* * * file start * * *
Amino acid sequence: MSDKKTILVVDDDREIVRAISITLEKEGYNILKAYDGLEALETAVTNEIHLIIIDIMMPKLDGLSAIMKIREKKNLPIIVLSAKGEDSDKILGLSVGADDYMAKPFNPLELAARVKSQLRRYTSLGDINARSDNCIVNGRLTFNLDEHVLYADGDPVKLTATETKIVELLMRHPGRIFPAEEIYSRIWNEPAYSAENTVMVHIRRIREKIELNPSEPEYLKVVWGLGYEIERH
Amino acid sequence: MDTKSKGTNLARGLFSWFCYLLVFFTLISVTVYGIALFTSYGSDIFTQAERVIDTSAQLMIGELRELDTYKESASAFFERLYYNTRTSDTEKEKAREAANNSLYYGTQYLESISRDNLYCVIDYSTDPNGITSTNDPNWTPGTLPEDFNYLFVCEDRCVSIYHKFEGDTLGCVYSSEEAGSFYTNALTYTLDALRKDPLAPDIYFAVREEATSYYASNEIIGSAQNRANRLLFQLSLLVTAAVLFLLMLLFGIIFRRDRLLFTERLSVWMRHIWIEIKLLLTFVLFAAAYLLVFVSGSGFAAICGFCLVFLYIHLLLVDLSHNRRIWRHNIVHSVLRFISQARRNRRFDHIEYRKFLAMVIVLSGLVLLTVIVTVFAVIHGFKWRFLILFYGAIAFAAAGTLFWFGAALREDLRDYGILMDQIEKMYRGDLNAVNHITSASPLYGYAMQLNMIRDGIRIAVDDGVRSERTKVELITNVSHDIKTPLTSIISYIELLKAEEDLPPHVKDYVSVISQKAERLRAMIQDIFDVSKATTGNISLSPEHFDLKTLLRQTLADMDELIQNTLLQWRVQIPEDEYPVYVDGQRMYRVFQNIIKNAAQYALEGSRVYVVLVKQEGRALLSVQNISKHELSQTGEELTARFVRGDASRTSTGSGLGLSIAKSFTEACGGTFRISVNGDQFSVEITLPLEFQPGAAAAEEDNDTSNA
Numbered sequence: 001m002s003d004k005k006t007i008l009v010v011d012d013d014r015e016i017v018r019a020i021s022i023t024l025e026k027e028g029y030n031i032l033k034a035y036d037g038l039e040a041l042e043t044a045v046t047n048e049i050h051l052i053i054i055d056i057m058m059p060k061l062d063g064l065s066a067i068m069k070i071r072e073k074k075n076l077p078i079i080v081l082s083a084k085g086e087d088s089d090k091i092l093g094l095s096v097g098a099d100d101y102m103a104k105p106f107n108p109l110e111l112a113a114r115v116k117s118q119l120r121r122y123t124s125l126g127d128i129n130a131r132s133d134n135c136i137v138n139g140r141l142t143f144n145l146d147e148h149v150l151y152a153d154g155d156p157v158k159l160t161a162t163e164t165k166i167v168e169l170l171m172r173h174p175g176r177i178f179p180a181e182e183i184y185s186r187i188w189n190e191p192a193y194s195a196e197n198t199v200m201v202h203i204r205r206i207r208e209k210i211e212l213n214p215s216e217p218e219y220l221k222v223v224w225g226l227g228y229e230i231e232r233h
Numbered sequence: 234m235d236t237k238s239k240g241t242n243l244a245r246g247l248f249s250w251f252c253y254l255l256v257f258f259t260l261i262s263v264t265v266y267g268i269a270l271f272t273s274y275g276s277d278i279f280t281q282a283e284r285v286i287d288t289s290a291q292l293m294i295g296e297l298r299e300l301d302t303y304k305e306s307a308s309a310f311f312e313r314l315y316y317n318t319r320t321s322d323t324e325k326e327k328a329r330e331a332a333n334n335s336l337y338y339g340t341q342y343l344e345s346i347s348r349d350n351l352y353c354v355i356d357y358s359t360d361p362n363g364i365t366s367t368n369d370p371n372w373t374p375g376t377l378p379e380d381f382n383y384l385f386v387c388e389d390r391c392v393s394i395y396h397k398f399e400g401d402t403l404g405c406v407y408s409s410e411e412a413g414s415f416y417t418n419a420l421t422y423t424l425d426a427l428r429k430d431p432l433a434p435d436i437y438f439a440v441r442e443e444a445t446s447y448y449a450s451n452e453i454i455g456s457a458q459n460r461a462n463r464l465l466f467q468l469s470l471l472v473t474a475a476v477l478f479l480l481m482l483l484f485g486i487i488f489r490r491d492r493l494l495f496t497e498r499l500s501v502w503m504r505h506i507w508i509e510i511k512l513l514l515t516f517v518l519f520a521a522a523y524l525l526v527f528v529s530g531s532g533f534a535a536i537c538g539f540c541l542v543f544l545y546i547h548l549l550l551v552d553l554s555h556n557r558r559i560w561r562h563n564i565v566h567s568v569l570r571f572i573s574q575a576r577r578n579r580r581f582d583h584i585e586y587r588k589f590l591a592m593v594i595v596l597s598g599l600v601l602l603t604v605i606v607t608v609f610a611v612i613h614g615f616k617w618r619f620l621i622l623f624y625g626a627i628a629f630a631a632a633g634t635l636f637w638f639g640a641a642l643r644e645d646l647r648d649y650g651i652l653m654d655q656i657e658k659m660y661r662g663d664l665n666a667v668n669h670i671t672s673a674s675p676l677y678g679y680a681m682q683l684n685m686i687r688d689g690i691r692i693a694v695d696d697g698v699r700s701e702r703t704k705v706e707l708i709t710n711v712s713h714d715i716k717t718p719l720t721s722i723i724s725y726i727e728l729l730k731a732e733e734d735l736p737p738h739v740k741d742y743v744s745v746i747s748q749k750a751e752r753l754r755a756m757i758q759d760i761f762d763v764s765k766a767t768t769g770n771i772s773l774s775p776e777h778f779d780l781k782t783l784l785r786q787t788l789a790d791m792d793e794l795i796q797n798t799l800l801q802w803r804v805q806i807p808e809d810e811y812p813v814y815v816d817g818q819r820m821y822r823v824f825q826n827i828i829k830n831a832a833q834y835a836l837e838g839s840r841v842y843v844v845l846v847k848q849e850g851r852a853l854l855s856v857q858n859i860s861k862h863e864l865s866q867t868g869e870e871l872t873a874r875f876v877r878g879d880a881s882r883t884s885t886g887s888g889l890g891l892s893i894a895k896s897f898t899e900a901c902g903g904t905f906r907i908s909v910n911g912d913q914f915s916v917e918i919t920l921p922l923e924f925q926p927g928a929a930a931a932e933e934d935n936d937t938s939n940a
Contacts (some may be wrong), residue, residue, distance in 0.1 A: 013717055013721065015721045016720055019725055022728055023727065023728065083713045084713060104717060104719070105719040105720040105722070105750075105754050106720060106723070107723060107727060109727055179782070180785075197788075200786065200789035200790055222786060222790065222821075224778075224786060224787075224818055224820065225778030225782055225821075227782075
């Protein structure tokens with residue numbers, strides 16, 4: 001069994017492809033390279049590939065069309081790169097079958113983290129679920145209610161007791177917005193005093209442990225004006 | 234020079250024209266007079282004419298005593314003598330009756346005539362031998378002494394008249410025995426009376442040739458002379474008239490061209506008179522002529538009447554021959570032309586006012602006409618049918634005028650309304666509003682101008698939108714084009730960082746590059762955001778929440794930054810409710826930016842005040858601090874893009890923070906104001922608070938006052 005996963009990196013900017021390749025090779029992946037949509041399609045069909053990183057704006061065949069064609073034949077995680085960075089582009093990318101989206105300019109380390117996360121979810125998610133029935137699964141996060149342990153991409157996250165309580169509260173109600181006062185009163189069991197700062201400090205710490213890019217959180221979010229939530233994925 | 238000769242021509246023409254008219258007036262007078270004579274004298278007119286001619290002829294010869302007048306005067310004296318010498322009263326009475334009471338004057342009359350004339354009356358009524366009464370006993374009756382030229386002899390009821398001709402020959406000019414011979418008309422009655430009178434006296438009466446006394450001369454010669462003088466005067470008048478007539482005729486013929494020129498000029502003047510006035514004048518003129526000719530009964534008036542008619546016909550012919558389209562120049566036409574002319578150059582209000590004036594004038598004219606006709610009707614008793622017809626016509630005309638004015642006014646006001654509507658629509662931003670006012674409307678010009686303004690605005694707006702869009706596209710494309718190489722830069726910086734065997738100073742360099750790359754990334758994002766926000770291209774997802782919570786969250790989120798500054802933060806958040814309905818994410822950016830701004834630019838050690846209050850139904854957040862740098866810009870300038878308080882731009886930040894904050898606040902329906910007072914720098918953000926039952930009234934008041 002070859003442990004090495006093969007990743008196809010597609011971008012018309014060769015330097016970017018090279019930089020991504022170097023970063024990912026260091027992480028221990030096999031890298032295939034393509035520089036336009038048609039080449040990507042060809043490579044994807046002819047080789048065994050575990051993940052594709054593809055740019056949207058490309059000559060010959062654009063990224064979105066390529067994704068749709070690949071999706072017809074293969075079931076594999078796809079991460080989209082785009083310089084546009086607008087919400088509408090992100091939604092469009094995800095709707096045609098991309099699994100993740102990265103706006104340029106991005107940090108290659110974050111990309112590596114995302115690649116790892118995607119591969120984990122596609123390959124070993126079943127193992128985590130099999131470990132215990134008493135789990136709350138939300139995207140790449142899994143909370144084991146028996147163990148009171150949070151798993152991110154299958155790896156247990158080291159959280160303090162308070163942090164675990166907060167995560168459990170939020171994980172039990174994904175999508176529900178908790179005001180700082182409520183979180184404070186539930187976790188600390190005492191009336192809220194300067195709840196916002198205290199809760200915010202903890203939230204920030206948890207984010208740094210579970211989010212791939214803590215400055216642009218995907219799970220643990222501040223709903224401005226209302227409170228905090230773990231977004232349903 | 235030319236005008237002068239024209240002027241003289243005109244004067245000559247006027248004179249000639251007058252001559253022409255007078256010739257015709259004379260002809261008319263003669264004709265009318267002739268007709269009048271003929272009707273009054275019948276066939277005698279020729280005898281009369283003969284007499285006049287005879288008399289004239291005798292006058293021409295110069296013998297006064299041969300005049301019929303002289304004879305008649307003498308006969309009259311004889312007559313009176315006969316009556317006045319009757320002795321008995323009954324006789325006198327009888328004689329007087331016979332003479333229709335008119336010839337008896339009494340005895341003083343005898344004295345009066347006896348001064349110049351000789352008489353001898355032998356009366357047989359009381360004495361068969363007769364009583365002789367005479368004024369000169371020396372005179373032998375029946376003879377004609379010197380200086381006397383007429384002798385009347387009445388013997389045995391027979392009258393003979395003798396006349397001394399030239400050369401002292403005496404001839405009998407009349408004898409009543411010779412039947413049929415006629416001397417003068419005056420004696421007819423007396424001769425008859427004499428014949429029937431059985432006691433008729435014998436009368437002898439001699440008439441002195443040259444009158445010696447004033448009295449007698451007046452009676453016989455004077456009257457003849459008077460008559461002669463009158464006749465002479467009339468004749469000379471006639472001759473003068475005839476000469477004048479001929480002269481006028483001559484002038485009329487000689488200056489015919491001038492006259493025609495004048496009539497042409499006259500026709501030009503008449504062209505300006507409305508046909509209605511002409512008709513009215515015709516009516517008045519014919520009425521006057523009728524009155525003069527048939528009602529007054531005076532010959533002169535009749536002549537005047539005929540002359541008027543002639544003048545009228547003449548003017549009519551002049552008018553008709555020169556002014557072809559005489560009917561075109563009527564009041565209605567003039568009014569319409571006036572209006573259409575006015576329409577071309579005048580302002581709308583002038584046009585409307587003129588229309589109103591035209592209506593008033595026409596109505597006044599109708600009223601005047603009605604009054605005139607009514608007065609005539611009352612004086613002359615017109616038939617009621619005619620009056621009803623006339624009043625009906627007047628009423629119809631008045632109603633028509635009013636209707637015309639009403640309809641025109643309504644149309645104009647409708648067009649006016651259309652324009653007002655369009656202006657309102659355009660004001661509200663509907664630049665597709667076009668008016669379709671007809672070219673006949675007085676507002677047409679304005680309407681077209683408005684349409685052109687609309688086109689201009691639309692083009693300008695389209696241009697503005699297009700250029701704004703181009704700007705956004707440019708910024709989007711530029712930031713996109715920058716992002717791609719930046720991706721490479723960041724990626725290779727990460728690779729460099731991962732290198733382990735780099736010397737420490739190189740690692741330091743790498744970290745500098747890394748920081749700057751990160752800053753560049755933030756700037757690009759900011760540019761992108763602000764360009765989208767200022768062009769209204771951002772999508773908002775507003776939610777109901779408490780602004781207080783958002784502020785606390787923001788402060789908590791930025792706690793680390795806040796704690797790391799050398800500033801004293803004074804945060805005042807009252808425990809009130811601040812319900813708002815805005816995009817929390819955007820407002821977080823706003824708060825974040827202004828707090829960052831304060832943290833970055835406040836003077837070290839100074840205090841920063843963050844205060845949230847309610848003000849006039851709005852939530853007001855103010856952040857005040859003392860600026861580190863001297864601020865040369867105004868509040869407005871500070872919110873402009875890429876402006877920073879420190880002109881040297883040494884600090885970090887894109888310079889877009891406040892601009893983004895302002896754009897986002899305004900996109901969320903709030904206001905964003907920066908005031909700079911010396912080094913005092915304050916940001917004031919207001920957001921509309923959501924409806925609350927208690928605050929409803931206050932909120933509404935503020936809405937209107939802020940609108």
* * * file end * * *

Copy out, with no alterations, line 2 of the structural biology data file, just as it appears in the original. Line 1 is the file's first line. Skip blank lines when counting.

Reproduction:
Amino acid sequence: MDTKSKGTNLARGLFSWFCYLLVFFTLISVTVYGIALFTSYGSDIFTQAERVIDTSAQLMIGELRELDTYKESASAFFERLYYNTRTSDTEKEKAREAANNSLYYGTQYLESISRDNLYCVIDYSTDPNGITSTNDPNWTPGTLPEDFNYLFVCEDRCVSIYHKFEGDTLGCVYSSEEAGSFYTNALTYTLDALRKDPLAPDIYFAVREEATSYYASNEIIGSAQNRANRLLFQLSLLVTAAVLFLLMLLFGIIFRRDRLLFTERLSVWMRHIWIEIKLLLTFVLFAAAYLLVFVSGSGFAAICGFCLVFLYIHLLLVDLSHNRRIWRHNIVHSVLRFISQARRNRRFDHIEYRKFLAMVIVLSGLVLLTVIVTVFAVIHGFKWRFLILFYGAIAFAAAGTLFWFGAALREDLRDYGILMDQIEKMYRGDLNAVNHITSASPLYGYAMQLNMIRDGIRIAVDDGVRSERTKVELITNVSHDIKTPLTSIISYIELLKAEEDLPPHVKDYVSVISQKAERLRAMIQDIFDVSKATTGNISLSPEHFDLKTLLRQTLADMDELIQNTLLQWRVQIPEDEYPVYVDGQRMYRVFQNIIKNAAQYALEGSRVYVVLVKQEGRALLSVQNISKHELSQTGEELTARFVRGDASRTSTGSGLGLSIAKSFTEACGGTFRISVNGDQFSVEITLPLEFQPGAAAAEEDNDTSNA